Perhaps you are have been diagnosed with kidney stones and advised to adopt a low oxalate menu or the kidney stone diet by a medical professional. Perhaps you have a medical condition for which a low oxalate diet has been prescribed. Perhaps you have decided to adjust or tweak your eating habits and have noticed that many low oxalate foods are quite healthy, but maybe not on your daily menu. And so being the ingenious chef you are looking for low oxalate recipes or ideas to suit your taste buds or a family members’ food preferences.
The Low Oxalate Recipes Pinterest Board
I frequently add low oxalate recipes or recipes that can be easily tweaked to a low oxalate menu on my Low Oxalate Pinterest Board on The Savvy Age.
Gluten Free Or Paleo Or Diabetic Friendly Low Oxalate Foods
Eating a low oxalate menu is challenging. Eating a low oxalate menu is even more challenging when combined with existing medical conditions and food preferences. Balancing a gluten-free menu or a diabetic menu is a challenge in itself and then adding low oxalate foods!
So you can see where creativity comes into play with low oxalate menus. You have to consider the taste preferences, medical and/or dietary considerations and oxalate values to succeed. The good news is the Low Oxalate Recipe Series will offer a large collection of recipes that will suit even the pickiest of eaters. Many of the recipes can be used as is and will be low oxalate and many will only need a minor tweak such as omitting an ingredient or substituting an ingredient.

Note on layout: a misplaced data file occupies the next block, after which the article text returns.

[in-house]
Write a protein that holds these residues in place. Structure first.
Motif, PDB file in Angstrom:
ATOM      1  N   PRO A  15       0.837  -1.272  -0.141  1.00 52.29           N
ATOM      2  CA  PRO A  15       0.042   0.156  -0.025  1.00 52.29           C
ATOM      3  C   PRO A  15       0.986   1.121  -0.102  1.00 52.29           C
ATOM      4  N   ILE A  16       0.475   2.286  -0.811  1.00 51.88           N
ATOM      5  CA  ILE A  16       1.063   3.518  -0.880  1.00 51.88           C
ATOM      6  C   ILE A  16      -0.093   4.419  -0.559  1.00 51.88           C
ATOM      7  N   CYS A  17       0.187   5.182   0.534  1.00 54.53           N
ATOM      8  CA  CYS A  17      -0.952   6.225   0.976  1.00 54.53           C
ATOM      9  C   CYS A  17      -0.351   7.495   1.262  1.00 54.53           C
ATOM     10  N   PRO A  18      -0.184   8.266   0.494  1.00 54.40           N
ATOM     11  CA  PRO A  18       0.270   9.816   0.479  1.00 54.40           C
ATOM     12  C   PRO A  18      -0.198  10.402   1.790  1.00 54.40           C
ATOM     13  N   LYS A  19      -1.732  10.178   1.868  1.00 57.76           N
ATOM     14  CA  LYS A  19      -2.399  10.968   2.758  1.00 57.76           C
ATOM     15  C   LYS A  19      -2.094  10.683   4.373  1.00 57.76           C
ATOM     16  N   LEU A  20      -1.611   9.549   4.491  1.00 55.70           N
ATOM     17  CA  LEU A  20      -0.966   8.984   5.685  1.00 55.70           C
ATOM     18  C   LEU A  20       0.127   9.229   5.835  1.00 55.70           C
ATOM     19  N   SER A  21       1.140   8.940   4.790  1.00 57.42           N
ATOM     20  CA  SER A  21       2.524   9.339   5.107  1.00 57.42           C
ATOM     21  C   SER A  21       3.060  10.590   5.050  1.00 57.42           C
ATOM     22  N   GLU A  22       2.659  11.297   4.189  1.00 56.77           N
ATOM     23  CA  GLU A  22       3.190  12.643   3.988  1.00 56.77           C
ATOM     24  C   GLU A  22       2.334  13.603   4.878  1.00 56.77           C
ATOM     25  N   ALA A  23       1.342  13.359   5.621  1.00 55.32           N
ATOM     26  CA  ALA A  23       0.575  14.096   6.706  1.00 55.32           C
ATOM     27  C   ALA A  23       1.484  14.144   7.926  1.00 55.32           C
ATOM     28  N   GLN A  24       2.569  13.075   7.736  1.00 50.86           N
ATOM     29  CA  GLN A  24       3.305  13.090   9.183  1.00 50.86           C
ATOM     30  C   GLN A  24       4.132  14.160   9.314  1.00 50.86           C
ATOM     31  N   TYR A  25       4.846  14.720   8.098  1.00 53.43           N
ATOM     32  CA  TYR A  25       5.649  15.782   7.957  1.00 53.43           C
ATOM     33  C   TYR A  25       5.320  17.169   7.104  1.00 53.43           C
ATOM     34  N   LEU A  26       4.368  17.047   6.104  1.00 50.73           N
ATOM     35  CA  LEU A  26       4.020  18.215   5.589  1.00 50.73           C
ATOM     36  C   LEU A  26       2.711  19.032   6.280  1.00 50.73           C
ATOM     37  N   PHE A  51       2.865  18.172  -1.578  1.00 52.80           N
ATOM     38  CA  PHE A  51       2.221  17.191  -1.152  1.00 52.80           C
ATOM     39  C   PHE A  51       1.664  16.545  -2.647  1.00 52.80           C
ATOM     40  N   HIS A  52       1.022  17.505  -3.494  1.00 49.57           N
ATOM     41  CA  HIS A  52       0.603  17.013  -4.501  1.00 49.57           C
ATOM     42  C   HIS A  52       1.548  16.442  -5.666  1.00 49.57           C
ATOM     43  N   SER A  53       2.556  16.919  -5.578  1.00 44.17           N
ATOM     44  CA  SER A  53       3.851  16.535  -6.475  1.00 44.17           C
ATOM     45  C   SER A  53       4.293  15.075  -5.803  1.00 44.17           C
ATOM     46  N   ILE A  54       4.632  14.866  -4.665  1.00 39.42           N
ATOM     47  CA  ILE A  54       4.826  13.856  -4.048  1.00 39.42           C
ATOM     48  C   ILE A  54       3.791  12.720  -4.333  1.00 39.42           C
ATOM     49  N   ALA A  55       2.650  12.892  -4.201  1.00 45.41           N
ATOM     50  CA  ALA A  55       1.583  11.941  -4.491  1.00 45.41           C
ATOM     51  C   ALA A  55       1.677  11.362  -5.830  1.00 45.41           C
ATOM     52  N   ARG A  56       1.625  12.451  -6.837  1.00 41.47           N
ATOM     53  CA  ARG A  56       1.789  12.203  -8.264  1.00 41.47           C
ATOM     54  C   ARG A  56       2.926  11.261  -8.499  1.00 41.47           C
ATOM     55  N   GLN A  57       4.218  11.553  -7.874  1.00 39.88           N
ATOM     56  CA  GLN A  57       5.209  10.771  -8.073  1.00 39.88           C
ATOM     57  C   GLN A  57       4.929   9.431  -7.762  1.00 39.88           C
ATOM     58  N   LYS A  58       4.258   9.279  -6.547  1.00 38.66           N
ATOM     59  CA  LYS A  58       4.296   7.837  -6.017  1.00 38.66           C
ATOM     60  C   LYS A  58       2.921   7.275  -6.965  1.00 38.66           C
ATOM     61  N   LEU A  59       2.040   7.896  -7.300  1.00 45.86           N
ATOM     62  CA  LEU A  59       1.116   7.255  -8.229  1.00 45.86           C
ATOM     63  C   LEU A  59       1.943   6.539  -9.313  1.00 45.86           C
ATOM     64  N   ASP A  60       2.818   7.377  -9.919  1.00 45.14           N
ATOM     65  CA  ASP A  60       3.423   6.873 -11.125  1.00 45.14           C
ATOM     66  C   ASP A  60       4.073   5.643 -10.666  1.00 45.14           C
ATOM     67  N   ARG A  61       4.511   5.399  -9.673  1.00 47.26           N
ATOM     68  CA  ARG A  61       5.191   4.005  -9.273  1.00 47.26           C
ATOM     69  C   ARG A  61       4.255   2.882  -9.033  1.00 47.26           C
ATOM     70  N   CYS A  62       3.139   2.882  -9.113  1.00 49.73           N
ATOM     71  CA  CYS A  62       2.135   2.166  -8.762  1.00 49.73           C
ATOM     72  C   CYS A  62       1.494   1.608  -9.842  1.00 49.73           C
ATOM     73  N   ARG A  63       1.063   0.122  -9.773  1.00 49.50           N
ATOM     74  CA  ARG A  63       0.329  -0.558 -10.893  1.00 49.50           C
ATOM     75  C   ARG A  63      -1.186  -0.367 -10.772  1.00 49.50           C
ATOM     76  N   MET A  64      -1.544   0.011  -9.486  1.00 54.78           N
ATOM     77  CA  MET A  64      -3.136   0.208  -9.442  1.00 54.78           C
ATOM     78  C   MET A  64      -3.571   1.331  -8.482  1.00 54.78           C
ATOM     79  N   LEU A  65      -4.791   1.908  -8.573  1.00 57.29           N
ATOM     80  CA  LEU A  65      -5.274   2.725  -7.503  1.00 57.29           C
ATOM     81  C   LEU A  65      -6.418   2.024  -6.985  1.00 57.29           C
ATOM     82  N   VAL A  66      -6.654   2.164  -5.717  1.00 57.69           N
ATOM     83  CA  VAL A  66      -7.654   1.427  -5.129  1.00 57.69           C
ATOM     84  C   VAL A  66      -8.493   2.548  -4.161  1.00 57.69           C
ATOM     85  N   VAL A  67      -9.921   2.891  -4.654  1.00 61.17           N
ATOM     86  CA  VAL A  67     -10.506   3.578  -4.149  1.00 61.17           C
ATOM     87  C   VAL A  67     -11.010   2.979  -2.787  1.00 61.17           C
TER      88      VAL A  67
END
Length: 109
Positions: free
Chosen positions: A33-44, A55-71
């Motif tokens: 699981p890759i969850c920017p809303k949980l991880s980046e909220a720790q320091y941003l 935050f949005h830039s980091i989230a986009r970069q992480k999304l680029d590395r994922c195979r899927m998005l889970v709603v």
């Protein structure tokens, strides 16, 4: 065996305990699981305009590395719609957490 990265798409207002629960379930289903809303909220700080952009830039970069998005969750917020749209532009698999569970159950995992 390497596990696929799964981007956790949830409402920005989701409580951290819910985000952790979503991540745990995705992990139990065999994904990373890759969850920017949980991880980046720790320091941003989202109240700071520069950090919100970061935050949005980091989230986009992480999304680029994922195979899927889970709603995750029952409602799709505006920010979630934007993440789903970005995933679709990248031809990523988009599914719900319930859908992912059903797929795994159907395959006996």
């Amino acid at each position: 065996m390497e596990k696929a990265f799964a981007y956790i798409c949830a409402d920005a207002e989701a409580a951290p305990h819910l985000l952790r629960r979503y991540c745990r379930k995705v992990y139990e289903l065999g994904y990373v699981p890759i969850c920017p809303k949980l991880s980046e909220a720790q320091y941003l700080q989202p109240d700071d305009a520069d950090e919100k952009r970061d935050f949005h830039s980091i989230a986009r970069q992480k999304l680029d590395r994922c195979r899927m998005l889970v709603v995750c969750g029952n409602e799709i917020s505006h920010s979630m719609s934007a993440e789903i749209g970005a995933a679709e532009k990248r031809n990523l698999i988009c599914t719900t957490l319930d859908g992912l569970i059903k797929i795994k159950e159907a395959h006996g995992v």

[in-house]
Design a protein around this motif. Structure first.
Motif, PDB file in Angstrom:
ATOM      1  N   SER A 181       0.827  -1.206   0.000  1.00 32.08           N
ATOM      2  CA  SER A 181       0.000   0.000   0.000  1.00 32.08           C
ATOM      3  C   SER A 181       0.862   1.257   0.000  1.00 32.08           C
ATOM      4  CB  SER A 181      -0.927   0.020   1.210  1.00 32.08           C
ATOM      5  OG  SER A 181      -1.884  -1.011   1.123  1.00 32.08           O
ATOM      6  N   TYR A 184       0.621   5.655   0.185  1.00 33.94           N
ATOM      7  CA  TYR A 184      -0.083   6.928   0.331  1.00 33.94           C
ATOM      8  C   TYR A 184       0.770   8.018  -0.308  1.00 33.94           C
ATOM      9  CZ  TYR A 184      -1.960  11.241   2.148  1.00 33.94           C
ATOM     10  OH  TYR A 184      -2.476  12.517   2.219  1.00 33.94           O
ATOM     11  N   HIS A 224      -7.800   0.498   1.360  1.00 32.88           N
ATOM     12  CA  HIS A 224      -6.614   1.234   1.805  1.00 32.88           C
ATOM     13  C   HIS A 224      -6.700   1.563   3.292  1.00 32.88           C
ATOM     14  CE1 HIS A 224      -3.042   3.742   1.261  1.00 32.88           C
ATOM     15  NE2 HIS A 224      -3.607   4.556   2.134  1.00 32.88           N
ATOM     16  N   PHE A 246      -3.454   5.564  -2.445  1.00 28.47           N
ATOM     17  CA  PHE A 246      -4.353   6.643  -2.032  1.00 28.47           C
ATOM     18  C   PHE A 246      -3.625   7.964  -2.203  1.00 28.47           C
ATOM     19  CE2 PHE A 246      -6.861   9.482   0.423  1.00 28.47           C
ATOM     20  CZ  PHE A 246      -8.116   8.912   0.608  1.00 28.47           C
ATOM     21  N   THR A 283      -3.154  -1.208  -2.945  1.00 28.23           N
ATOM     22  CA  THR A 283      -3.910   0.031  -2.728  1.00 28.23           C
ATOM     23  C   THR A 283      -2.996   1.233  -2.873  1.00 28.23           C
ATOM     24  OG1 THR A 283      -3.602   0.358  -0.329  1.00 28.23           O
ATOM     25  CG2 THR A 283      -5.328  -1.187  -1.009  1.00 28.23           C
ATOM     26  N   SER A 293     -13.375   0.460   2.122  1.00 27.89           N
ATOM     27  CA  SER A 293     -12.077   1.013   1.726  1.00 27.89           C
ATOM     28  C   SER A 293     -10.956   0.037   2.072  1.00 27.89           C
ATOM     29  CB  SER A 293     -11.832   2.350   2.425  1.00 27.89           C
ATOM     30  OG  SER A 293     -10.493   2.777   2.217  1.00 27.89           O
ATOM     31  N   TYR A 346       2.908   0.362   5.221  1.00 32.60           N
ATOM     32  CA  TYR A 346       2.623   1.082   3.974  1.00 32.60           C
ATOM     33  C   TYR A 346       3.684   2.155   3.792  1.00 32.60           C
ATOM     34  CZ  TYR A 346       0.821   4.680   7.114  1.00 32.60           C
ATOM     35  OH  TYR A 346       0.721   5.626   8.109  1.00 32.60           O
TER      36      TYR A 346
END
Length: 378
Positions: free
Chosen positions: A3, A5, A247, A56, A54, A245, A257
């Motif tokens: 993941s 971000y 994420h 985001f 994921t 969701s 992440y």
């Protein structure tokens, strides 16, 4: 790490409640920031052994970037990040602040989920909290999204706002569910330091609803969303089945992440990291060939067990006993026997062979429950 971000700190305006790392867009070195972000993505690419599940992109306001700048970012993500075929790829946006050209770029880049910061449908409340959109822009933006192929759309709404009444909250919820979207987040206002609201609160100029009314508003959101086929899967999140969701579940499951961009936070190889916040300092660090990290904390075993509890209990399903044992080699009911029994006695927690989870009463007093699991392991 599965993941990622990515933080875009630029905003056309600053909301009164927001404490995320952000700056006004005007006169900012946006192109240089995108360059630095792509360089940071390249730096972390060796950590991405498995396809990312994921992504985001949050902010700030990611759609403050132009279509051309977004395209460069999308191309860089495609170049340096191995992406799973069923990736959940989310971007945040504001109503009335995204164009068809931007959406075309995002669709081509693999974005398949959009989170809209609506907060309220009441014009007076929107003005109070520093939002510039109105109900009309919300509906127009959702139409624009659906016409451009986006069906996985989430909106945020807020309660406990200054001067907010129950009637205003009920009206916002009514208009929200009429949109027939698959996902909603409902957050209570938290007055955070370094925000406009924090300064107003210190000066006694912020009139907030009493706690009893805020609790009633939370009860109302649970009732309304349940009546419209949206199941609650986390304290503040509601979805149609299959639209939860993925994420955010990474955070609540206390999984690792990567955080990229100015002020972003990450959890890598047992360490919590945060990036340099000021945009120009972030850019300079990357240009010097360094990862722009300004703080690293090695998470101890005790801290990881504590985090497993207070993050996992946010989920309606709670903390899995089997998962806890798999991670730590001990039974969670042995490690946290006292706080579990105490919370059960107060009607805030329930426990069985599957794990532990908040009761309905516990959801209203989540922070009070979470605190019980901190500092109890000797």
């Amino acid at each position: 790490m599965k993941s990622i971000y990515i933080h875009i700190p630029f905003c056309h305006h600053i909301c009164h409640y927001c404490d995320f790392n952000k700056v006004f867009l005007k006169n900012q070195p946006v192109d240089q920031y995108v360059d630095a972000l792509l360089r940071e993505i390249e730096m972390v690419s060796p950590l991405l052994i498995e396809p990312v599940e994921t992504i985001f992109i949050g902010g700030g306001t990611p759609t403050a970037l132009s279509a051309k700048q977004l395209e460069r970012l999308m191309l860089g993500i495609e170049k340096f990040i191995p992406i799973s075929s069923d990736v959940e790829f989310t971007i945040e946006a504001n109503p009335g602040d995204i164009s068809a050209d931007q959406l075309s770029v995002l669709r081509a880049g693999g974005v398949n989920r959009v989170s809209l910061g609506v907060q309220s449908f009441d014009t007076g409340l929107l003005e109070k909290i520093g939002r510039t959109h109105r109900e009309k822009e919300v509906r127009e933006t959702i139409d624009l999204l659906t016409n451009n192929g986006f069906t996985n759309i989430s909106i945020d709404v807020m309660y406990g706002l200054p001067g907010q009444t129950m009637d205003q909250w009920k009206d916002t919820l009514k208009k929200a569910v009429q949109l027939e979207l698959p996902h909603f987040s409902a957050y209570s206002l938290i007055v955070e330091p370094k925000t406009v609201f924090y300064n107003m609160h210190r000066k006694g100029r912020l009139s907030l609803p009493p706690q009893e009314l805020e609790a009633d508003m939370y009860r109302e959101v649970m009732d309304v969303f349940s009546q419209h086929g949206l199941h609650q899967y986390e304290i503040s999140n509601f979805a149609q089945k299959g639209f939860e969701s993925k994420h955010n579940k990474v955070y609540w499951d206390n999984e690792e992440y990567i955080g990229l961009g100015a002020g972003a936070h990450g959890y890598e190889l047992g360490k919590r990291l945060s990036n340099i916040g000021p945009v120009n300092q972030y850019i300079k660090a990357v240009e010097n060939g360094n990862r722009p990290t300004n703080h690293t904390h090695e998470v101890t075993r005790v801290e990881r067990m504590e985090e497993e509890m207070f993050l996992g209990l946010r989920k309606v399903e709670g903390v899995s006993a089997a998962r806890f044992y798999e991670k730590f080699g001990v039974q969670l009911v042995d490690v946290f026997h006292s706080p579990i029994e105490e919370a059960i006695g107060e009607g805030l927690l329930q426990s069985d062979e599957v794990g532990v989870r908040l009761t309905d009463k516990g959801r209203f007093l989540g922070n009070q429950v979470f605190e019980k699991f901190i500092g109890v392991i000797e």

Why Isn’t There One List Of Low Oxalate Foods?
My take is the two M’s: Measurement and Money. Many foods simply haven’t been measured for the oxalate value or the measurements vary widely due to different researchers and methodology. Researcher A measures Food B at University C. Researcher X measures Food B at University Z. But is Food B the same exact food? Grown the same way? In the same environment? A tomato may be Food B, but it isn’t the exact same tomato being measured that is grown the same way under the same conditions.
Unfortunately as of this date there are no new studies being performed on the oxalate content of foods. Whether you choose the Harvard list or another list please do your research to ensure the list is well vetted by source and authority. There is much misinformation on the internet regarding the oxalate values of foods as well as lists which are outdated.
My Top Low Oxalate Resources
For those interested I have compiled my “go to” Top Ten Low Oxalate Resource List which contains a review and snapshot of the respected universities, researches and websites. I will delve into why I like the resource and what the resource offers you. Diving through the research is time consuming, cumbersome and confusing and these are solid reference points and one stop shopping! For those familiar with trying to determine low oxalate values; research continues and has been updated. The low oxalate values of yesterday may have been significantly adjusted.
I hope you will enjoy this resource series and find a few more recipes to add to your low oxalate arsenal. Good luck and congratulations on making a lifestyle change to benefit your health.